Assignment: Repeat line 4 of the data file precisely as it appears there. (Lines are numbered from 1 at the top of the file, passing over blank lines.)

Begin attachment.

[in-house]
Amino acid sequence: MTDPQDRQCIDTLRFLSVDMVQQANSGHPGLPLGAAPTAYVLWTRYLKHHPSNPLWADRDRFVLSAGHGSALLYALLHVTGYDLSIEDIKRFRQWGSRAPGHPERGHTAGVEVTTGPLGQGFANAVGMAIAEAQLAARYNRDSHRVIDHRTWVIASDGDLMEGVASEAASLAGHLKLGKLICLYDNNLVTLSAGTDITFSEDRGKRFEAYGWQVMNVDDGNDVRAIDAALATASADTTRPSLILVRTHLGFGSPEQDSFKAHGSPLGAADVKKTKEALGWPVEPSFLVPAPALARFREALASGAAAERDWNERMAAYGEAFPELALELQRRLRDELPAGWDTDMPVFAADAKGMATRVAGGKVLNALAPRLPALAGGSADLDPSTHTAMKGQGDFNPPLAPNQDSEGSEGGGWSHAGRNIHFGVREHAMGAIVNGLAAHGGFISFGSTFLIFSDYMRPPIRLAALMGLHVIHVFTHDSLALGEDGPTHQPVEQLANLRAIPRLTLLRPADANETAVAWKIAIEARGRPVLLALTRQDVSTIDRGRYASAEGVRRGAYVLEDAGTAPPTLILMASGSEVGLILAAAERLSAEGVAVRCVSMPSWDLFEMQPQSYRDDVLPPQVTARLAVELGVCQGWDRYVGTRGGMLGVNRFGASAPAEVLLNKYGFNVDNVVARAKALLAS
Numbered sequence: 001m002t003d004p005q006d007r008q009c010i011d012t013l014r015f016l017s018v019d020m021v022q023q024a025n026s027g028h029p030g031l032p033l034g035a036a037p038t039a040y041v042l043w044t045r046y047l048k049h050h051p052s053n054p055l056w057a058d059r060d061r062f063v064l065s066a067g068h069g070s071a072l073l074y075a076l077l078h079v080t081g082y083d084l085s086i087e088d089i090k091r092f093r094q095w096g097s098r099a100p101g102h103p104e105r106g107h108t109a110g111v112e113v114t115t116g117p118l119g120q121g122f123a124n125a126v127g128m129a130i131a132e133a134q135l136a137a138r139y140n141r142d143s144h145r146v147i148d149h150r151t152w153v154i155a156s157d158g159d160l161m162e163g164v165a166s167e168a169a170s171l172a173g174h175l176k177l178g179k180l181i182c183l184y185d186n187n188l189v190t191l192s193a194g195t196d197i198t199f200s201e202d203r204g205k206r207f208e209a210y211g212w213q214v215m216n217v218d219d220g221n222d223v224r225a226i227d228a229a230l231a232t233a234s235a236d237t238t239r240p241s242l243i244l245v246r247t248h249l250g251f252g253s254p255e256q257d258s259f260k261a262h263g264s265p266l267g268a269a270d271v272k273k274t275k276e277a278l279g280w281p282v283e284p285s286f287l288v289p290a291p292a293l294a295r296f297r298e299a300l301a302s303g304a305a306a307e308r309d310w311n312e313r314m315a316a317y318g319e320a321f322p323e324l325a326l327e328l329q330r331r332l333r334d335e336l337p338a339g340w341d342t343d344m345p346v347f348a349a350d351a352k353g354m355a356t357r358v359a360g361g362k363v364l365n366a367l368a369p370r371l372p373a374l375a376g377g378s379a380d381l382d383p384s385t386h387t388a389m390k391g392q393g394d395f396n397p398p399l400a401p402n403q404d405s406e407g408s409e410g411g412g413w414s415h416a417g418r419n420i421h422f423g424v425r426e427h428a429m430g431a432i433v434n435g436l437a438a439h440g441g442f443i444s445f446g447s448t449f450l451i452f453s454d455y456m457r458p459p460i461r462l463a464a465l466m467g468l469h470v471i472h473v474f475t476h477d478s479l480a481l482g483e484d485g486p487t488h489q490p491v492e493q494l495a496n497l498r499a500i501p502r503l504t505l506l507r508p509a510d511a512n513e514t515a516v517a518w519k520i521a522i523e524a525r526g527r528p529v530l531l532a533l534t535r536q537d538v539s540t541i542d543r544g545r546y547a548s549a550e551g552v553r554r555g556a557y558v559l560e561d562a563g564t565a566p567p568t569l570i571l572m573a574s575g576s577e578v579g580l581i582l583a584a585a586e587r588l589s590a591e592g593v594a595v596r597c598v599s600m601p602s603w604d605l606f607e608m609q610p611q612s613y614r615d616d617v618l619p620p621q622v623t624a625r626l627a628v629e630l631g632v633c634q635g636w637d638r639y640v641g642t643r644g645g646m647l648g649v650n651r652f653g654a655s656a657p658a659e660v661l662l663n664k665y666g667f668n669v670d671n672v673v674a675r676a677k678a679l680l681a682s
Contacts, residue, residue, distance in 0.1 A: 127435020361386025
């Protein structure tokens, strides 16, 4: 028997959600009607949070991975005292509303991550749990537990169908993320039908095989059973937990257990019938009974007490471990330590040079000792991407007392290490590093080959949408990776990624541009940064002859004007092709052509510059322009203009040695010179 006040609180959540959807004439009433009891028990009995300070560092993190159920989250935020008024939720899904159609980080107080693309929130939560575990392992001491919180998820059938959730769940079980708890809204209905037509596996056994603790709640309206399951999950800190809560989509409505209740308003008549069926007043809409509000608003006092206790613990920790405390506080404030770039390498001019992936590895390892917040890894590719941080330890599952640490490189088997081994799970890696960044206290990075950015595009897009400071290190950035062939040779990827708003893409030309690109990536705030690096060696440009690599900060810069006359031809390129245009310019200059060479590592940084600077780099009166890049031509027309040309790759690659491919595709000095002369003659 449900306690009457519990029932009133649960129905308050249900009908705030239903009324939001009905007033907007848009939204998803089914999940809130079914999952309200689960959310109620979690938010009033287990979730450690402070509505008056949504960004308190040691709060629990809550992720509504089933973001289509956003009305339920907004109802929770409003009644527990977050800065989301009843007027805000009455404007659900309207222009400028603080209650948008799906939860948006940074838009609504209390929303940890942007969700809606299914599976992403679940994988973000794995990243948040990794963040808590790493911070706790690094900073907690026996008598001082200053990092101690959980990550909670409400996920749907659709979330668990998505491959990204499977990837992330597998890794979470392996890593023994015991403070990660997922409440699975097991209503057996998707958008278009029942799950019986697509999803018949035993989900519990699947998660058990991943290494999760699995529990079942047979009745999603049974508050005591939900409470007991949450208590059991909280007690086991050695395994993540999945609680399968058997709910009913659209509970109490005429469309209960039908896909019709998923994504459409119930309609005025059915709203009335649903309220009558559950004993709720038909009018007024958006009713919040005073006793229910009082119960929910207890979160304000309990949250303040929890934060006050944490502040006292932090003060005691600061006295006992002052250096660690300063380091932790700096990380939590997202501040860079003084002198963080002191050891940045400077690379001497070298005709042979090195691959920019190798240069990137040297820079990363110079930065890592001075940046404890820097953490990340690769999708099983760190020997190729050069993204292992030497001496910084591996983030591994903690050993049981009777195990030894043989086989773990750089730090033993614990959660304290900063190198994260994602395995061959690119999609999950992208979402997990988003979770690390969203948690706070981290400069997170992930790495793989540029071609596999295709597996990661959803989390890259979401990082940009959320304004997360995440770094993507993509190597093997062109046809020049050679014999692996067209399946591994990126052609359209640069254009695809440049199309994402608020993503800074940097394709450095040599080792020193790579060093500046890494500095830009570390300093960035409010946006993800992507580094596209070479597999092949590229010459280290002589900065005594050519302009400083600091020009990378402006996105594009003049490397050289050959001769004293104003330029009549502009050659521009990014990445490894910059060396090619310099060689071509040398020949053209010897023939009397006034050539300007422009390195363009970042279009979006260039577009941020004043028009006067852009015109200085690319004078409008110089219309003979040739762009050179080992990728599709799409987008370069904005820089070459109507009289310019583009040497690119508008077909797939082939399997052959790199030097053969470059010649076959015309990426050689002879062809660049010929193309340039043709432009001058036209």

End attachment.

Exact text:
Contacts, residue, residue, distance in 0.1 A: 127435020361386025